Maker’s Mark: Lessons Learned

theline_600x100px

Maker’s Mark is an iconic brand with fiercely loyal consumers and, thanks to social media, they’re not afraid to speak up (make that holler) when the company decided to mess with the brand.

Last week, the company announced that, to “meet demand” they would lower the alcohol content. They explained it to Wine and Spirits Daily by saying that the brand is encountering shortages and among the solutions (including lowering the age, raising the price) they chose lowering the proof from 90 to 84. The outcry among their consumers was deafening with “watered down” the rallying point.

This week they announced that the decision would be reversed.

Maker’s and Beam made a number of errors. First, their explanation of lowering the proof to meet demand was seen as BS, with industry cynics shouting that their real motive was taking the tax savings (approximately $1.5 million) to the bottom line. I don’t buy that. It’s not worth it for a million case brand to take the “goodness” out for a buck. They either should have had a better rationale or spent more time than they did talking to their consumers about the decision.

So, they made a PR mistake.

The brand sells about a million cases and has been growing by double digits for some time. It’s an iconic brand; of course it will grow steadily. Yet, the supply did not keep up with the demand.

So, they made a planning and investment mistake.

The “powers that be” didn’t realize that their fiercely loyal consumers would rebel and post anti-Maker’s comments all over social media. Come on folks, we’ve all seen this movie before – company blunders, consumers express outrage and, company backpedals. See, we have this new fangled thing called social media where consumers talk to each other en mass. They can build a brand or destroy it.

So, they made the mistake of under estimating consumers and the impact of social media.

What could they have done? A Forbes article reported by Buffalo Trace Newsletter put it succinctly. “Maker’s Mark could have used their looming shortage as an opportunity to make their brand stronger. If they encountered sporadic shortages for a period of years, they could raise prices and leverage the scarcity to take the brand up a notch in prestige.”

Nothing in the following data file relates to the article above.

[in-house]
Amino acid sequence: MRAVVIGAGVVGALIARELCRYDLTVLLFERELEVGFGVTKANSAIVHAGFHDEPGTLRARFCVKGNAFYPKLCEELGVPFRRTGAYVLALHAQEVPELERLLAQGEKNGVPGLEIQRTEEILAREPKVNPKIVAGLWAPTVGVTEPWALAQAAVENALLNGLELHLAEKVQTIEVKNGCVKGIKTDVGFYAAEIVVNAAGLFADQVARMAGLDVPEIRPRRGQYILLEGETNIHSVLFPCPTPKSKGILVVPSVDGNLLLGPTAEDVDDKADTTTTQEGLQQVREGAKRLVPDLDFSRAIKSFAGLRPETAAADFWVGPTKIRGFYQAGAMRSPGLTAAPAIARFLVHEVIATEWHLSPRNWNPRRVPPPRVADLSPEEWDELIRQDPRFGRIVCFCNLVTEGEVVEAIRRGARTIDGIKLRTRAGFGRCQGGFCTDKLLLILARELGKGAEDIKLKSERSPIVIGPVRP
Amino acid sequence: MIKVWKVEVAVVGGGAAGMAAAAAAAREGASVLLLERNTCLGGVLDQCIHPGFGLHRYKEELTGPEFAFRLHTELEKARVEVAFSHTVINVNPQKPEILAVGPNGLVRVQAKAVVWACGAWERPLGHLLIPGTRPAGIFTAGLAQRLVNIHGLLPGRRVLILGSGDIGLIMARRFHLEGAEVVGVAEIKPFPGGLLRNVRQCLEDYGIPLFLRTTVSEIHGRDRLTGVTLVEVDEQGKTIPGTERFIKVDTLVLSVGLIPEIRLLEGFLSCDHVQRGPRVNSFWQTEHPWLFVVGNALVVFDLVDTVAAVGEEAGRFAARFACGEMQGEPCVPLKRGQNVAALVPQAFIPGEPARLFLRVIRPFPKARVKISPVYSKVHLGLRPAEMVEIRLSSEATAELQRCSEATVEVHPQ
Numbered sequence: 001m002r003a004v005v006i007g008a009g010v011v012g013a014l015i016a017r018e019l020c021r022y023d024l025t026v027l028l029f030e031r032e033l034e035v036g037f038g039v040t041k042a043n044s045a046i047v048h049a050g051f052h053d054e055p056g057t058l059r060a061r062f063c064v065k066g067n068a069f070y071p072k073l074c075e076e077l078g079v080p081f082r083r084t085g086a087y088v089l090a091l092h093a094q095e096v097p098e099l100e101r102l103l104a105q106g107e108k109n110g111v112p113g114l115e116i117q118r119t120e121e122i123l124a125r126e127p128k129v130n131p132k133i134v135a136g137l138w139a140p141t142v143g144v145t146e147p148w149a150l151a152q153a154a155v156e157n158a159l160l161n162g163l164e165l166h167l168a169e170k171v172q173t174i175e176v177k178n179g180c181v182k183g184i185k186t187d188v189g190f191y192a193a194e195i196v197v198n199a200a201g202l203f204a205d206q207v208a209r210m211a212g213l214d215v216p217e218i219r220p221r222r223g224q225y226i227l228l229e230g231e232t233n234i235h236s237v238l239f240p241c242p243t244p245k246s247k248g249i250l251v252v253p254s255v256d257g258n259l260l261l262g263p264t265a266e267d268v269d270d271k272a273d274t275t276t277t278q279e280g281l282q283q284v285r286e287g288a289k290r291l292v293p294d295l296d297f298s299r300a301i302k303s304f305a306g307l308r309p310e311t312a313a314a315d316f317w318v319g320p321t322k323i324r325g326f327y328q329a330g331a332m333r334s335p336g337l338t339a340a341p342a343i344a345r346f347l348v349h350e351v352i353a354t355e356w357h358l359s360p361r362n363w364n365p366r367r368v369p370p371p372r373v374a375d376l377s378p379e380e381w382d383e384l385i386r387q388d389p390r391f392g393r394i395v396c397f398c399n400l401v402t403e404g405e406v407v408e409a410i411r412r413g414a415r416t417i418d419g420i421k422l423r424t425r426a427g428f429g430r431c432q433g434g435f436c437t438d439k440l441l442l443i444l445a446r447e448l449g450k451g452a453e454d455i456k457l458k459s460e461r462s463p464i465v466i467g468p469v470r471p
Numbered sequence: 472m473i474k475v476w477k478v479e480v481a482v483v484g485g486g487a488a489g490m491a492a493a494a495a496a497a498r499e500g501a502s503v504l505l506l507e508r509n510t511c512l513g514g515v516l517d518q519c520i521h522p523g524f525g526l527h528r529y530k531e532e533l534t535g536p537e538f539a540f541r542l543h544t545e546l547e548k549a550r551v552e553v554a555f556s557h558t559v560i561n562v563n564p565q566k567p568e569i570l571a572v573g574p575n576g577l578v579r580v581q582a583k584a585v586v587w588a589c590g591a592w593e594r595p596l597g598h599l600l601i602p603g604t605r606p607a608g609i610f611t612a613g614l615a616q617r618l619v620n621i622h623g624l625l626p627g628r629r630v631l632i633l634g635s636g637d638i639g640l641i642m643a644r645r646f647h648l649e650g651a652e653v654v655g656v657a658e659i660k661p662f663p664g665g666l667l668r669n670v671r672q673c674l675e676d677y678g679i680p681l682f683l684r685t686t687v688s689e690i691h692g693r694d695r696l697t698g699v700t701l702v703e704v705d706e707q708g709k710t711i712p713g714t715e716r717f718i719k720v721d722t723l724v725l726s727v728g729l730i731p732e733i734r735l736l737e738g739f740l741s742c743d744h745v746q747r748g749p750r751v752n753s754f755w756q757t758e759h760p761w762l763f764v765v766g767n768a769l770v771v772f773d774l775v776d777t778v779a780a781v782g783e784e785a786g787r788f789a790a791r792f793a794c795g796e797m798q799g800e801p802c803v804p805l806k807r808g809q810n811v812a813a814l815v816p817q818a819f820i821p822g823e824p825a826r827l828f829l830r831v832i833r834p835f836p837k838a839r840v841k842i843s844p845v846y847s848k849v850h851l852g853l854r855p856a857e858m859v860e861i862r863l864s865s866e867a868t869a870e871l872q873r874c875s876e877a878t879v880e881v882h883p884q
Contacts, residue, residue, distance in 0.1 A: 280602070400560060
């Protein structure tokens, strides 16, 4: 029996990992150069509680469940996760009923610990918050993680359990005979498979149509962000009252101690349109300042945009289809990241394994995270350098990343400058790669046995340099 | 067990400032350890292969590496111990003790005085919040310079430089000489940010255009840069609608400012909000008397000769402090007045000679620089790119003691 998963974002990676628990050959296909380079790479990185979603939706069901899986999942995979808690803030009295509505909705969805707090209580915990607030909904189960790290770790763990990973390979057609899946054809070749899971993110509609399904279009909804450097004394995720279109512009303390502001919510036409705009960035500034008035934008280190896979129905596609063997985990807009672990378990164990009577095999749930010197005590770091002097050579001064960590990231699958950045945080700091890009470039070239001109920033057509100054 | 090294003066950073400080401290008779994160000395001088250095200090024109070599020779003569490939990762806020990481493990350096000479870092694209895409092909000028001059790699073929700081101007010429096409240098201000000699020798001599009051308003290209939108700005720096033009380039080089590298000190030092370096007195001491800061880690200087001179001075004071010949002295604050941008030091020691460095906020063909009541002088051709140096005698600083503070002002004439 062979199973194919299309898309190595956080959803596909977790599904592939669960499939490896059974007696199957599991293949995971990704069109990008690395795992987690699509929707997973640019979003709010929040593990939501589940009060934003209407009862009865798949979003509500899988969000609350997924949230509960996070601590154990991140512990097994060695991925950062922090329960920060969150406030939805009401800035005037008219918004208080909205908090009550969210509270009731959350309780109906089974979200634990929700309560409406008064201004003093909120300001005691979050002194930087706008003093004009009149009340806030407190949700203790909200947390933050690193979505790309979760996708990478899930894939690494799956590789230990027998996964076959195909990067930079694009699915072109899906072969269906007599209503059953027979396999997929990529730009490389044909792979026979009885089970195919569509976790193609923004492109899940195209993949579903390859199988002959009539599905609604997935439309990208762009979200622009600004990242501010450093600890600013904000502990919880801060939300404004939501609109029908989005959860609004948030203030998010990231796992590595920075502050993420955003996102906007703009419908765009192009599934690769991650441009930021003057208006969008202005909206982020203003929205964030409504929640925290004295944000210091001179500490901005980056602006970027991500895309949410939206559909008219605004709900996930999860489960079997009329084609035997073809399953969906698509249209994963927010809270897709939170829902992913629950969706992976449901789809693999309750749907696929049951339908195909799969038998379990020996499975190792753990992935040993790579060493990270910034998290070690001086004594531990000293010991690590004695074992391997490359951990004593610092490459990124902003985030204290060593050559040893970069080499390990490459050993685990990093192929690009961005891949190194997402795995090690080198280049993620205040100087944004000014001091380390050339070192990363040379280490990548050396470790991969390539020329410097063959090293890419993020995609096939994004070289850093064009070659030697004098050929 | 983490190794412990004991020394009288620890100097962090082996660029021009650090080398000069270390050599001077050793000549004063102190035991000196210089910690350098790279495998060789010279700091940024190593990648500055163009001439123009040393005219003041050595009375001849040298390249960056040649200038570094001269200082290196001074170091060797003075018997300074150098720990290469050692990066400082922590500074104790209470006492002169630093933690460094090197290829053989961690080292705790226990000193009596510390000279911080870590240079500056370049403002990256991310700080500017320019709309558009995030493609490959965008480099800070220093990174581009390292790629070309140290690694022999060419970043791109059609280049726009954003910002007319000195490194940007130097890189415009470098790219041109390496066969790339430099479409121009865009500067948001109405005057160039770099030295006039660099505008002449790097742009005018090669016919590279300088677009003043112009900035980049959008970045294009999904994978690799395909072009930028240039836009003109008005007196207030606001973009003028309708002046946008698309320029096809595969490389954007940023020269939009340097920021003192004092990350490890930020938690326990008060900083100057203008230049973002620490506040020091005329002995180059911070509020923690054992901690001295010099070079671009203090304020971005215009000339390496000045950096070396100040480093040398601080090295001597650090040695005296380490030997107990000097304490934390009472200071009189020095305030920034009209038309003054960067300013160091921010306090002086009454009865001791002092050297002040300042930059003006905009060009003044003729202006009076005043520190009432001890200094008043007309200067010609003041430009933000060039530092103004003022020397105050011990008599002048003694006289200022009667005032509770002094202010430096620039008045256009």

With all these mistakes, I applaud their quick and meaningful action to reverse the decision. They woke up quickly, smelled the coffee and took meaningful action. I think they positioned the reversal well enough to regain whatever ground they may have lost.

Ad Age reported today that the reversal drew over 15,000 likes and 2,400 comments, mostly positive. One fan said, “This is how a company should be run!! Love you guys even more now.”

No question but that this will blow over and be forgotten soon. The widespread exposure and the turning of a negative into a positive was achieved with the simple words — “You spoke. We listened. And we’re sincerely sorry we let you down.”

Lessons learned: Plan before you act and anticipate the downside of an effort. As David Ogilvy once said, “the consumer isn’t a moron…”

You may also like

1 comment

  1. Art Hi
    You may remember me – I worked for Seagram in Israel
    Does lower alcohol affect borbon as is the case with Scotch and Irish. Many years ago I was told that if less than 46% alcohol it becomes cloudy and needs to be chilled filtered and since clear a color, usually caramel added. In Germany and maybe other European couuntries the label must reflect the coloring. If 46% or higher most reflect “bottled at 46% with no colouring or chill filtration”
    Regards

Leave a Reply

Your email address will not be published. Required fields are marked *